If you’re not watching Katie Couric, the problem is YOU

If you’re not watching Katie Couric, the problem is YOU May 11, 2007

Ed Morrissey has a great piece up looking at the latest nonsense coming out of CBS about Katie Couric’s dismal failures at the anchor desk. As Ed points out, “So far, she has made quite an impact — by driving the numbers to lows not seen in twenty years.”

Citing this interview between Brian Montopoli of CBS Public Eye [full-disclosure: I once wrote a guest piece at that site] and CBS News Senior VP Linda Mason, Ed catches a wiff of a “blame the consumer” mentality which portends a network in deep denial.

Linda Mason: I’m just surprised at how, almost 30 years after I worked on the “Evening News” as the first woman producer, that Katie is having such a tough time being accepted by the public, which seems to prefer the news from white guys… [Ed’s emphasis]

[…]And I’m afraid that Katie’s paying a price for being the first woman. But I think it’s a great trail that she’s blazing, and I think if the broadcast continues to be as good as it has been, if we continue to break news, if we continue to tell interesting stories, people will start to watch. It takes time, I think. But I was surprised that there was an obvious connection between a woman giving the news, and the audience wanting to watch it.

Ed takes exception to Mason’s apparent charge that none of Couric’s failure may be laid at Couric’s own feet – that this all boils down to the public being a bunch of bigots and misogynists. He notes Bernard Shaw’s 20 years as anchor at CNN (during a period where CNN was much more highly regarded than it is currently, btw).

I’ll go Ed one better and remind Ms. Mason that this little blog begged – and not once but several timesbegged Les Moonves to abandon his Couric windmill and build his own stable of young CBS news anchor stars by hiring Dehlia Gallagher or Lester Holt, or some combination thereof, to replace Dan Rather.

It is rather sad that we can only name two black anchors, isn’t it, Bernard Shaw and Lester Holt? Are we really supposed to believe that we can’t name more solely because America doesn’t want to watch a black anchor, or is it because the networks aren’t hiring them for us to watch? In that case, who are the real bigots? We can’t watch black anchors if the networks won’t hire them!

Hype aside, is it really such a big deal for Katie Couric to be anchoring a network news show when women have been anchoring at CNN, MSNBC and yes, even FOX for many years? CBS went out of it’s way to hire a showcase female for a serious job, and then wonders why no one cares, but the truth is, when women are the majority in law schools and med schools, as they are today, when they are reporters and soldiers on the front and pilots flying fighter jets, is Couric really such a “trailblazer” to be reading a teleprompter on a network news show?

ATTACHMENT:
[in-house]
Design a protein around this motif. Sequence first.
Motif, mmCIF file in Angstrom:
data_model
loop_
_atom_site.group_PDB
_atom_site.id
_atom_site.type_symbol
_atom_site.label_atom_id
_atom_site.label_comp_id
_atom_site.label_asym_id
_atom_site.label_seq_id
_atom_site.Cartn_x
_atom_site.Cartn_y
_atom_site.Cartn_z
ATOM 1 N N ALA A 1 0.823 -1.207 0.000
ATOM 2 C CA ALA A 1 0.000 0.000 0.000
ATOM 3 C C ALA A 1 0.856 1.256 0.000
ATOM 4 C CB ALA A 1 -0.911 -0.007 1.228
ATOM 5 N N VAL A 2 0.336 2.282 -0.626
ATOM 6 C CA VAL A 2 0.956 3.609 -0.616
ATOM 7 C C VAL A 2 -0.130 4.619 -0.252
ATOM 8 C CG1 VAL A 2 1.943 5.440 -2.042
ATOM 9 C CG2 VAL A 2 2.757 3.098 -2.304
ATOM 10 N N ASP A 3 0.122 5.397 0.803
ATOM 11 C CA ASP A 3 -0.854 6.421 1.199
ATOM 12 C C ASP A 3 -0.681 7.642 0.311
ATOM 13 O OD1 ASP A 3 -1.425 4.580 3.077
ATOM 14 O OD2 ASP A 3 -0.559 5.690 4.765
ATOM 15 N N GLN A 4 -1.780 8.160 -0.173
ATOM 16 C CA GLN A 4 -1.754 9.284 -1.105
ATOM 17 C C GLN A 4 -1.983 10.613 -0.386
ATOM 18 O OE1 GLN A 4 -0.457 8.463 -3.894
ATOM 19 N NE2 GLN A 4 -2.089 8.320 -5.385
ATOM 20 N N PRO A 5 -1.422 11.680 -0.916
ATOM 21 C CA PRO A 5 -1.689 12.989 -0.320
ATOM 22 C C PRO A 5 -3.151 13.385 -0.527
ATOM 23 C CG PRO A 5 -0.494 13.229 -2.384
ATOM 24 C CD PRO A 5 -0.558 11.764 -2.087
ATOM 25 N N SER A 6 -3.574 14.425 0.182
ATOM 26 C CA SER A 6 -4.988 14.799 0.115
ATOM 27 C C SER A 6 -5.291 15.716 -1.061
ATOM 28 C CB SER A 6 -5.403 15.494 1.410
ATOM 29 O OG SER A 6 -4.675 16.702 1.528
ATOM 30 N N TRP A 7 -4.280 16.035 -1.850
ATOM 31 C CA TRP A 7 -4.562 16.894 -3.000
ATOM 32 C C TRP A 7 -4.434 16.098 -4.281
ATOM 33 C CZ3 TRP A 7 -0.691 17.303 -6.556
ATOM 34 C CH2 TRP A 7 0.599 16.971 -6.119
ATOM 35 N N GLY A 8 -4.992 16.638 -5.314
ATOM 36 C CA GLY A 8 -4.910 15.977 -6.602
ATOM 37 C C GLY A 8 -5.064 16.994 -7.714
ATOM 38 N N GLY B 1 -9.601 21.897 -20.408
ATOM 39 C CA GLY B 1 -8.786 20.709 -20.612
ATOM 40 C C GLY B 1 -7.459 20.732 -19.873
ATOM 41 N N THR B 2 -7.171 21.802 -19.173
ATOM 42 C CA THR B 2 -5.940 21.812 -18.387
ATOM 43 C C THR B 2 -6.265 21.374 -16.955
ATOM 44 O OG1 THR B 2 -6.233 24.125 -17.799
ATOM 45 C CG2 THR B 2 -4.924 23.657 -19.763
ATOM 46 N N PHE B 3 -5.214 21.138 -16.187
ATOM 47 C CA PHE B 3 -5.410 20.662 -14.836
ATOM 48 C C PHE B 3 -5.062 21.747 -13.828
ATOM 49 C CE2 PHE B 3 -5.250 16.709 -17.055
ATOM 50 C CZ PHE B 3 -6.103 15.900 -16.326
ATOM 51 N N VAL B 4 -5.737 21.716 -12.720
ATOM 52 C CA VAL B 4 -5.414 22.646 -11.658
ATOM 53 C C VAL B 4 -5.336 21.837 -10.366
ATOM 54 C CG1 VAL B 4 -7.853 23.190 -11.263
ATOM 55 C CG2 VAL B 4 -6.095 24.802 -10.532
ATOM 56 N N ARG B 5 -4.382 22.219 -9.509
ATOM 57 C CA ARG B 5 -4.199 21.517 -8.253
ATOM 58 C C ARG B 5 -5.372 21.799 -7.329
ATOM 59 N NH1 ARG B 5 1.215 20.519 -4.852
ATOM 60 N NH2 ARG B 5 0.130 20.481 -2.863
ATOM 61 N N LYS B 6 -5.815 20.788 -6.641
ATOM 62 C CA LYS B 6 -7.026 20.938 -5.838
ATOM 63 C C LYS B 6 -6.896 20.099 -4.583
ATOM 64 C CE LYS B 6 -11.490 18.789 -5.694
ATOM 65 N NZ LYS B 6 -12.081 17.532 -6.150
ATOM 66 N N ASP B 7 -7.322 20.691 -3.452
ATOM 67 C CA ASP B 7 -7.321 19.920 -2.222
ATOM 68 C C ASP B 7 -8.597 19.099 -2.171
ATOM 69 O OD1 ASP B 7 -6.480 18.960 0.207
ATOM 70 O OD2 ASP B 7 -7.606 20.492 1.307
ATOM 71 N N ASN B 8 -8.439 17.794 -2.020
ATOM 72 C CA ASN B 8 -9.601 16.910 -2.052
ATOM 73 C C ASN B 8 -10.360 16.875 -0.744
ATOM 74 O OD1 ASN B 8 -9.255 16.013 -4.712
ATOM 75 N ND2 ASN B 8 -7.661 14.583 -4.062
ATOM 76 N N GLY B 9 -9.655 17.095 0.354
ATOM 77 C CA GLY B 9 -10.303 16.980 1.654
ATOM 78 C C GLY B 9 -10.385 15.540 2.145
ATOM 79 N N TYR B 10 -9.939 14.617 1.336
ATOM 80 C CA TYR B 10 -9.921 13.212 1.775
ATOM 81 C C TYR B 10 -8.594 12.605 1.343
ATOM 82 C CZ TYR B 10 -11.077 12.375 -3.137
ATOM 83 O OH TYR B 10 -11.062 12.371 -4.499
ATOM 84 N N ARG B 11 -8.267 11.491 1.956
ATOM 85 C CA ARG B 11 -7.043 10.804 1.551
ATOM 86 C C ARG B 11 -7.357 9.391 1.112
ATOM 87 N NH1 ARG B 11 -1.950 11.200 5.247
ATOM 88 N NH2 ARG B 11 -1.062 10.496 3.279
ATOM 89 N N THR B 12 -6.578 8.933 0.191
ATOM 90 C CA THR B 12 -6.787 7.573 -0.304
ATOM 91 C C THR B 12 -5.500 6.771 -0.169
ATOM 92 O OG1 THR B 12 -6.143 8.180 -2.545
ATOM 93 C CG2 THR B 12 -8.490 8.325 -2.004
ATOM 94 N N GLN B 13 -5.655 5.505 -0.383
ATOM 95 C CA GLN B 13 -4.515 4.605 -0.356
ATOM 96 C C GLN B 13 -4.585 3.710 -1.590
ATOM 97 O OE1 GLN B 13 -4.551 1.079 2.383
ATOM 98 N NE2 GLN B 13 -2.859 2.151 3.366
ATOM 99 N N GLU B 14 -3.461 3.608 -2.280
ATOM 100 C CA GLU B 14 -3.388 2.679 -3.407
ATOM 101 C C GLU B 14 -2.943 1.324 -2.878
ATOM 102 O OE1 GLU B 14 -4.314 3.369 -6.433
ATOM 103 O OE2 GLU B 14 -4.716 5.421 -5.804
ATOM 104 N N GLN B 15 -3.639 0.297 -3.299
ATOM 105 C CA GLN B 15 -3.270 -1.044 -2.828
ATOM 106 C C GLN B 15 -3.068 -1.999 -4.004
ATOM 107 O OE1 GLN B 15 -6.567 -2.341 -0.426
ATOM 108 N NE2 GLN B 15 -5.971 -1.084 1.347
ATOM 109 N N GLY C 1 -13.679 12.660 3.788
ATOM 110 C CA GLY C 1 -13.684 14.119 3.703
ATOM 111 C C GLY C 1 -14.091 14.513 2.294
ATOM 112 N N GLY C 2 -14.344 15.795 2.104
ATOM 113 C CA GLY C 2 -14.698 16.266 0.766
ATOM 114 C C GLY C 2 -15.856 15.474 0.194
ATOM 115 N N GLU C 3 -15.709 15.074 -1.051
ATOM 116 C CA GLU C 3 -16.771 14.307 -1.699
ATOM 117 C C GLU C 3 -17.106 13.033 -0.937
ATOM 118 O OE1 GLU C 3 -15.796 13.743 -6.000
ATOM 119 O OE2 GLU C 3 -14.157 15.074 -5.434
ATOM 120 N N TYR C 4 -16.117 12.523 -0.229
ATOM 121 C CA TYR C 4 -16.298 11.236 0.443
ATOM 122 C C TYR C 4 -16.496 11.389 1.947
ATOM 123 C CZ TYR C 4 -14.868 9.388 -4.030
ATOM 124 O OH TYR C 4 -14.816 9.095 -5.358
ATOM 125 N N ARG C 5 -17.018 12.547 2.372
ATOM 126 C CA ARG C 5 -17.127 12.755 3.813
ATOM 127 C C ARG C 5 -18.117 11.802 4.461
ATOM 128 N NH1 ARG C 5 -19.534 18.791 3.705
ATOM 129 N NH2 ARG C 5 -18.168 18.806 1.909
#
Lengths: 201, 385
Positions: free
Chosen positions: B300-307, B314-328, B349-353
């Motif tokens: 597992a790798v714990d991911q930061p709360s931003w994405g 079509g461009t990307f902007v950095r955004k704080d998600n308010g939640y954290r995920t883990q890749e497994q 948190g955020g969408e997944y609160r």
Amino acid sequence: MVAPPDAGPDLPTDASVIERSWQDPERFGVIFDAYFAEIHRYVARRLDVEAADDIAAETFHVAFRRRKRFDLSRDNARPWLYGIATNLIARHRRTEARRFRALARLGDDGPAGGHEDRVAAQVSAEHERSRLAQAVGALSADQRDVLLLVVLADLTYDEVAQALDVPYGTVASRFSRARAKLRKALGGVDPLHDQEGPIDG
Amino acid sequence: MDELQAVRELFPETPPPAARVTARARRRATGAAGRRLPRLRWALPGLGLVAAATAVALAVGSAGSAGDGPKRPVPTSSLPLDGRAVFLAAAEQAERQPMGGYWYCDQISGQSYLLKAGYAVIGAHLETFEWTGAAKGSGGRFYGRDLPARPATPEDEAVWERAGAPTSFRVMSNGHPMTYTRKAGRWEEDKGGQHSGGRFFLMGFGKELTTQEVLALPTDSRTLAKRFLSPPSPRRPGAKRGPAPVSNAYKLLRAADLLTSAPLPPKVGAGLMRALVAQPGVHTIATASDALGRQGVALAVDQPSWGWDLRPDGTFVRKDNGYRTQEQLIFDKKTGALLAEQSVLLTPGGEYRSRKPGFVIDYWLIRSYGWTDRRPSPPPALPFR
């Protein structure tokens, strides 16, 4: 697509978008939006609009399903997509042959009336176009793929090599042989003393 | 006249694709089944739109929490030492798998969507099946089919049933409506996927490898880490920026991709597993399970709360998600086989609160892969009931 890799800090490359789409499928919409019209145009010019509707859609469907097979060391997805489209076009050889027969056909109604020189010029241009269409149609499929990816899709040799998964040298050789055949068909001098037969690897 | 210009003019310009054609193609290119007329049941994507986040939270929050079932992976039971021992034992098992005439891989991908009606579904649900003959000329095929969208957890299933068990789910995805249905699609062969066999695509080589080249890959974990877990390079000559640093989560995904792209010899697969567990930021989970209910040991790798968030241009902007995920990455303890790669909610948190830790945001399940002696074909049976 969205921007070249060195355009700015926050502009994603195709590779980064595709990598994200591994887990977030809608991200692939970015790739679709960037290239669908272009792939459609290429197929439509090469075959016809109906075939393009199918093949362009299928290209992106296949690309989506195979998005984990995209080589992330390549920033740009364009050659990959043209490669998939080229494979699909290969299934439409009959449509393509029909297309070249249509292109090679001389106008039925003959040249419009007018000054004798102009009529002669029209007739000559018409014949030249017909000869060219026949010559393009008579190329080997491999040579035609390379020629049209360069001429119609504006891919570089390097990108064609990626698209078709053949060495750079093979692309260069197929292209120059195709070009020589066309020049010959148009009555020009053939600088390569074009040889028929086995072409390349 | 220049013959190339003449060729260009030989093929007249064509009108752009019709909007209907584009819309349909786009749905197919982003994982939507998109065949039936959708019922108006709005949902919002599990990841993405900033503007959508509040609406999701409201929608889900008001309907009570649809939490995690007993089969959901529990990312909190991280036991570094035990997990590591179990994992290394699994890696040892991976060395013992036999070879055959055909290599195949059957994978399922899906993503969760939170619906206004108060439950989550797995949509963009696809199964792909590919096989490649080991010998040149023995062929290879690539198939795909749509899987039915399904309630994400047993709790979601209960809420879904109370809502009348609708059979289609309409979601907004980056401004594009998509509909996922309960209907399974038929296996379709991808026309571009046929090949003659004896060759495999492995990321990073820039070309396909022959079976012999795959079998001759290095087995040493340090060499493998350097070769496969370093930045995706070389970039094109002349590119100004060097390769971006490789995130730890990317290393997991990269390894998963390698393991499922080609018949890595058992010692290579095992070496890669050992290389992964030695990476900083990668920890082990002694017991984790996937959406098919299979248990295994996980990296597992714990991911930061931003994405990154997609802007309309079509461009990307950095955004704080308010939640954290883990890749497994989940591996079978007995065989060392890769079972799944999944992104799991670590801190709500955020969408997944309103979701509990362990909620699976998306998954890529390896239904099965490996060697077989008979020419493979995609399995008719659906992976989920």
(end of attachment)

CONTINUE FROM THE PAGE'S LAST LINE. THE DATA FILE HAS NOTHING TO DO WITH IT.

And is it the viewer’s fault that they find nothing compelling in her doing so, or is it simply that – despite the feminist narrative – we’re now accustomed to women being in all sorts of positions, so it’s just not a big deal? It may matter to the denizens of the Upper West Side, for whom no headway is ever acknowledged on the “isms” front, but for the rest of the world – the world that sees just how ordinary it is for women to assume leadership roles, it’s just a yawn. Twenty years ago it might have been “enough” for Couric to have gotten into the anchor chair. Today her being a woman is not enough; she has to be good at her job, too, and she simply is not. Her weaknesses are all too apparent, and they are not weaknesses of her sex, but of her self.

A year or so ago my son Buster, dealing with a teacher who was sounding the women-are-victims horn, said: I’ve been listening to this ‘women can do anything men can do’ line since I was two years old, watching Sesame Street. I’ve GOT it, and all the girls [have] GOT IT, TOO, so it seemed pretty useless to me to rehash these old, complaints…”

Maybe we’ve all “got it,” and that’s why Katie Couric anchoring a news desk is simply not an issue of her gender, and why Mason’s belchings ring so hollow. Feminists have won. They said women can do anything men can do, and women have proved it, and we all believe and accept it…so much so that we have no compulsion to accept mediocrity by a female simply because she’s “the first woman” in the job.

Perhaps it is time to change the narrative. Women are no longer oppressed, and we’re long past the time when one could giddily announce “women have arrived!” Now, women are simply people in jobs, subject to the same standards, expectations and scrutiny as any man, and just as apt to fail. Supposedly, that’s what feminists wanted.

We do women in general no favors, at this point, by continuing an “affirmative action” mindset that says, “aw, she’s a woman, and it’s a man’s world, so she gets extra forbearance.”

That’s nonsense. Once you’ve reached a pinnacle, you can’t keep whining that you’re only teetering because you’re a woman. You’re teetering because the pinnacle is slim, sharp and lonely, and you can only remain there if you belong there, or if you have one hell of a safety belt supporting you. Those that belong there make the pinnacle look easy, the rest impale themselves or fall. Or they loll about in the safety belt, and stagnate.

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